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Postmodern Christianity is an outlook of Christianity that is closely associated with the body of writings known as postmodern philosophy. Although it is a relatively recent development in the Christian religion, some Christian postmodernists assert that their style of thought has an affinity with foundational Christian thinkers such as Augustine of Hippo and Thomas Aquinas, and famed Christian mystics such as Meister Eckhart and Angelus Silesius.
In addition to Christian theology, postmodern Christianity has its roots in post-Heideggerian continental philosophy. Many people eschew the label "postmodern Christianity" because the idea of postmodernity has almost no determinate meaning and, in the United States, serves largely to symbolize an emotionally charged battle of ideologies. Moreover, such alleged postmodern heavyweights as Jacques Derrida and Philippe Lacoue-Labarthe have refused to operate under a so-called postmodern rubric, preferring instead to specifically embrace a single project stemming from the European Enlightenment and its precursors. Nevertheless, postmodern Christianity and its constituent schools of thought continue to be relevant.
Liberal Christianity—sometimes called liberal theology—has an affinity with certain current forms of postmodern Christianity, although postmodern thought was originally a reaction against mainstream Protestant liberalism. Liberal Christianity is an umbrella term covering diverse, philosophically informed movements and moods within 19th and 20th century Christianity.
Despite its name, liberal Christianity has always been thoroughly protean. The word "liberal" in liberal Christianity does not necessarily refer to a leftist political agenda but rather to insights developed during the Enlightenment. Generally speaking, Enlightenment-era liberalism held that man is a political creature and that liberty of thought and expression should be his highest value. The development of liberal Christianity owes much to the works of philosophers Immanuel Kant and Friedrich Schleiermacher. As a whole, liberal Christianity is a product of a continuing philosophical dialogue.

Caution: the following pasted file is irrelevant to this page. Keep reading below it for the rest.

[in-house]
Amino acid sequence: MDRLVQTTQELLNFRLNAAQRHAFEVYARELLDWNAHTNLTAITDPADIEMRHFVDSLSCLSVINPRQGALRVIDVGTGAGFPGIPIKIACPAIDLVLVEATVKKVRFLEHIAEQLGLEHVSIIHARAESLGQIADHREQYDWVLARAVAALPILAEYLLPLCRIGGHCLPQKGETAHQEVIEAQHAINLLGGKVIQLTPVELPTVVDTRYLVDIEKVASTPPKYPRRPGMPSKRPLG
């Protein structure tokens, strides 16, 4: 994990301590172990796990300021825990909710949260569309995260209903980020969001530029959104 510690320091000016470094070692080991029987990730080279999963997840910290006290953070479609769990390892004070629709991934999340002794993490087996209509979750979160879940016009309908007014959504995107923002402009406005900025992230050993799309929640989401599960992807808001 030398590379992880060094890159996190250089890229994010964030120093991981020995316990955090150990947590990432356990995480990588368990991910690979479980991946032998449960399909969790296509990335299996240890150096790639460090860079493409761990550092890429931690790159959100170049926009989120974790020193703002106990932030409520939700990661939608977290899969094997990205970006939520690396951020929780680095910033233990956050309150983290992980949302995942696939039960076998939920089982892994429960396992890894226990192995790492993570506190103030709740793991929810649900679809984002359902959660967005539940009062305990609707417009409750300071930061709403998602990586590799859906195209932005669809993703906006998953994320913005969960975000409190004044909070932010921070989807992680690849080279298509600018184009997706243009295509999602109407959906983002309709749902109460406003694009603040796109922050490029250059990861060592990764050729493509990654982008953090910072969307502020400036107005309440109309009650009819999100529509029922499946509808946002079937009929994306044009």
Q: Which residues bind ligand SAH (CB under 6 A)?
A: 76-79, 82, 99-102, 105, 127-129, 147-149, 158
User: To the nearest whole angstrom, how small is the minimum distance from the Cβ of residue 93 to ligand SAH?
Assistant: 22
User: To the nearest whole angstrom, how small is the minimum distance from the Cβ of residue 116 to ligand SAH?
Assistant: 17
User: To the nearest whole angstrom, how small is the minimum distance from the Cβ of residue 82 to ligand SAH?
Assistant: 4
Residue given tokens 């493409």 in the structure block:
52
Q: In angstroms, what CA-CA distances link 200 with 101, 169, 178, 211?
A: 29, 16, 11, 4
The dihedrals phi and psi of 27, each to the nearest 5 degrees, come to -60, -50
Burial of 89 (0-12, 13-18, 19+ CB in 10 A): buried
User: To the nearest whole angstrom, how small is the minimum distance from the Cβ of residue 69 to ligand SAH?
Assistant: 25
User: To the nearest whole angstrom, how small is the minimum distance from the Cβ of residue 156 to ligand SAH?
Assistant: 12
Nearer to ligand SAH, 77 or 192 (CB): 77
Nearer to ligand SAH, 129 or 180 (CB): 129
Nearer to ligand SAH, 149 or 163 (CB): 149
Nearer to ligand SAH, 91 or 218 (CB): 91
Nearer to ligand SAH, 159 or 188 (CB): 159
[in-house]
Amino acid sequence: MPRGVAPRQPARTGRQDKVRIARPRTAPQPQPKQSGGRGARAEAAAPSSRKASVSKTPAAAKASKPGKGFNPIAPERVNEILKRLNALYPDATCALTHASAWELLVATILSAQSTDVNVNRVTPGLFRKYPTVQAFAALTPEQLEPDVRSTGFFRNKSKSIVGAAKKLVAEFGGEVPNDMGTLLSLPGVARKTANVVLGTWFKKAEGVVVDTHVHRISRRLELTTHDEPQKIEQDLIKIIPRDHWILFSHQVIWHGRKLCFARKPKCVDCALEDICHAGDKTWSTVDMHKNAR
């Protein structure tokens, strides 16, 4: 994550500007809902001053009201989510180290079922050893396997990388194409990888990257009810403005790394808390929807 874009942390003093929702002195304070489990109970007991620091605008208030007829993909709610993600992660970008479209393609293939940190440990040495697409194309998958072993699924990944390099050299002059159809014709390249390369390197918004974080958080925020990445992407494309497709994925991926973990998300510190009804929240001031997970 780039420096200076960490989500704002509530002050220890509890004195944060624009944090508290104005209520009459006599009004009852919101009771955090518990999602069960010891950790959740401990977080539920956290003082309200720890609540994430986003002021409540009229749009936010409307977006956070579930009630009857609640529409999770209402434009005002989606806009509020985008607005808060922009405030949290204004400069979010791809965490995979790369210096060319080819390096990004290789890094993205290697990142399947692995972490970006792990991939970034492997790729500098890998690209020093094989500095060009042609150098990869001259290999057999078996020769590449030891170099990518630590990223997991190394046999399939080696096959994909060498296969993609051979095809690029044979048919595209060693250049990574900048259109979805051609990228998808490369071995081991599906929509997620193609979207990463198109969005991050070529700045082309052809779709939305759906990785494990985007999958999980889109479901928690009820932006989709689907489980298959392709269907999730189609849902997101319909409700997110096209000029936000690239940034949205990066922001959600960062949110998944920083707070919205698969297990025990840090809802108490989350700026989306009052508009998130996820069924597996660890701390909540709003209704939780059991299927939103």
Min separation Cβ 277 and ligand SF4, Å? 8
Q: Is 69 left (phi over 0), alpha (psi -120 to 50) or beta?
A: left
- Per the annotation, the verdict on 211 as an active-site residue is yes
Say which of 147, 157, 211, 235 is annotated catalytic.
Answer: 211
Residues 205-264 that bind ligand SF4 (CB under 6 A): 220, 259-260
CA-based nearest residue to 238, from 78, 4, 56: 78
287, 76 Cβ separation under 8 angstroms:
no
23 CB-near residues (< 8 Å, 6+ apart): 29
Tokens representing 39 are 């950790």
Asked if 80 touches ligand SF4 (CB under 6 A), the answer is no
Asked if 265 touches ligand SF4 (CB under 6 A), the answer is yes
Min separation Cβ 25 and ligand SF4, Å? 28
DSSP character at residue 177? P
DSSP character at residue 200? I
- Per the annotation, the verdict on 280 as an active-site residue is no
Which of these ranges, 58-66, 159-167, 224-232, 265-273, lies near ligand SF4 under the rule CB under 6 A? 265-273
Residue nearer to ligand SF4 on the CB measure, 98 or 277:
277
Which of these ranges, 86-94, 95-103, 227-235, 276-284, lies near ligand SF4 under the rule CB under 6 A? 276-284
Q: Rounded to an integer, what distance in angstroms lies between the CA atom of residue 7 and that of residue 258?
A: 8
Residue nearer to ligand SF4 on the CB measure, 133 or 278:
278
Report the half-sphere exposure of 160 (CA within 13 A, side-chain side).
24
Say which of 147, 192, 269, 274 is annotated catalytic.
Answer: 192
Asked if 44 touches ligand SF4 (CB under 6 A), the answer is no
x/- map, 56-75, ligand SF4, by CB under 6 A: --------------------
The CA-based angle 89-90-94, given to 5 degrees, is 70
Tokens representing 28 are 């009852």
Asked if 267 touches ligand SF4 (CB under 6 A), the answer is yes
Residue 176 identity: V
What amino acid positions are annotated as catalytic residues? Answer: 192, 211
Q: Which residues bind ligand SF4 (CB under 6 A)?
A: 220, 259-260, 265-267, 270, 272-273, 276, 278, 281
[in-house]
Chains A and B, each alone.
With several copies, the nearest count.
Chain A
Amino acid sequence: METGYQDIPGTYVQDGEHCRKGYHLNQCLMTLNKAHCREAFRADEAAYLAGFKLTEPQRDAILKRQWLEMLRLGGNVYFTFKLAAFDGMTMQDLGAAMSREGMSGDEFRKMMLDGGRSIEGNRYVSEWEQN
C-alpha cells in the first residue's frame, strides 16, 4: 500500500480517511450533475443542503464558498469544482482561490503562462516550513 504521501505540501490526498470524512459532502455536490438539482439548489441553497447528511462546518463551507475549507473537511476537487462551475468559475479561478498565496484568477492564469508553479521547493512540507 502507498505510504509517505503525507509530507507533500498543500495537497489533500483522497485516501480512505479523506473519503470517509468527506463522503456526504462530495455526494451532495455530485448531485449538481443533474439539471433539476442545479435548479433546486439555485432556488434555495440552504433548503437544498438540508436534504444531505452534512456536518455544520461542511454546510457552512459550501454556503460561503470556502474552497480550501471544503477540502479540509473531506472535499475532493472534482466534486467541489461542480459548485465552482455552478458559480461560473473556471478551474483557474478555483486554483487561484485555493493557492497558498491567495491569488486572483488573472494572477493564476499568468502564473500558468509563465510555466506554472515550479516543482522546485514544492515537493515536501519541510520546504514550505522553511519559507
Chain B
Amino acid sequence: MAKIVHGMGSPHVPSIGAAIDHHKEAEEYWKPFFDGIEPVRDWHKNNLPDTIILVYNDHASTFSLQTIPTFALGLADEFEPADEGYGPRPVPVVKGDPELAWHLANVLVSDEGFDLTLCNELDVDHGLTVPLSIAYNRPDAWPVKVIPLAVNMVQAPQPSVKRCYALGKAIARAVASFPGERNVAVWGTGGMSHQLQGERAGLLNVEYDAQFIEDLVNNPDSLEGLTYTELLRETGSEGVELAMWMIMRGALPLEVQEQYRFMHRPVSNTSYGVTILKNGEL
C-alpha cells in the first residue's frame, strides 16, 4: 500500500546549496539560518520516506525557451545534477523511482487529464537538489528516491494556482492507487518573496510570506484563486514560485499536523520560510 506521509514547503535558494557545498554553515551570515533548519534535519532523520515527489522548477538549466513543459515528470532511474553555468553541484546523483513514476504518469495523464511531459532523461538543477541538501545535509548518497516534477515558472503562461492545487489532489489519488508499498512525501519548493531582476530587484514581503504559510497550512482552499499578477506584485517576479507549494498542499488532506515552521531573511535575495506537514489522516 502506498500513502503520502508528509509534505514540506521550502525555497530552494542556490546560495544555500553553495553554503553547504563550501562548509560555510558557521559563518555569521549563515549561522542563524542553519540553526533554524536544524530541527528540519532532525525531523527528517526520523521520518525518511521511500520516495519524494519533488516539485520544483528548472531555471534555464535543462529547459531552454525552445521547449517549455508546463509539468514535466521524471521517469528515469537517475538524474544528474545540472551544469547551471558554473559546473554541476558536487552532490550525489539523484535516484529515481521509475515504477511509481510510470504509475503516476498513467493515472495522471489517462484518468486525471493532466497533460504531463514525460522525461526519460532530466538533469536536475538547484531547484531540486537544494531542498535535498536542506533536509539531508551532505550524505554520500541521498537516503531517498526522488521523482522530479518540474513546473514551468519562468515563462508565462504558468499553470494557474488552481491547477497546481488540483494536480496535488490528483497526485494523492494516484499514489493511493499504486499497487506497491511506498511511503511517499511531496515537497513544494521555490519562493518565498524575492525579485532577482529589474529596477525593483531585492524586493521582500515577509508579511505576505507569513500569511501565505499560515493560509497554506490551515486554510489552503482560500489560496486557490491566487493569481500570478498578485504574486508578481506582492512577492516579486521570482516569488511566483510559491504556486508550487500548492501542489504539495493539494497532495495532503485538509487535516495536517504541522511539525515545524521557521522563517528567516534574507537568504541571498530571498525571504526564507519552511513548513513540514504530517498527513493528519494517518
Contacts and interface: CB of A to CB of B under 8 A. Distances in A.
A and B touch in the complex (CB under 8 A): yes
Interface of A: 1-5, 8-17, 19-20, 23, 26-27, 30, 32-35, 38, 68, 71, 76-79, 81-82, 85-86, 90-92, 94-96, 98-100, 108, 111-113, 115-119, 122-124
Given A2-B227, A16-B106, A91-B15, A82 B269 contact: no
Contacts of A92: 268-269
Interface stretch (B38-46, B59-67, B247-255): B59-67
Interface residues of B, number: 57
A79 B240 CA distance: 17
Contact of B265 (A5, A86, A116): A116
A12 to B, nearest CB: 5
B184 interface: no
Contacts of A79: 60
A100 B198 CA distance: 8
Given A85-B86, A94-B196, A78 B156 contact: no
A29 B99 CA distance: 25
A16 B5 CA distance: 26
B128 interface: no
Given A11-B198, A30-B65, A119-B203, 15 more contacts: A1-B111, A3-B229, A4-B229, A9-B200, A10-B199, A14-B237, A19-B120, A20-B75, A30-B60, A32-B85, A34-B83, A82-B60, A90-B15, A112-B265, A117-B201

Many 20th century liberal Christians have been influenced by philosophers Edmund Husserl and Martin Heidegger. Examples of important liberal Christian thinkers are Rudolf Bultmann and John A.T. Robinson.
Christian existentialism is a form of Christianity that draws extensively from the writings of Søren Kierkegaard. Kierkegaard initiated the school of thought when he reacted against Georg Wilhelm Friedrich Hegel's claims of universal knowledge and what he deemed to be the empty formalities of the 19th century church. Christian existentialism places an emphasis on the undecidability of faith, individual passion, and the subjectivity of knowledge.
Although Kierkegaard's writings weren't initially embraced, they became widely known at the beginning of the 20th century. Later Christian existentialists synthesized Kierkegaardian themes with the works of thinkers such as Friedrich Nietzsche, Walter Benjamin, and Martin Buber.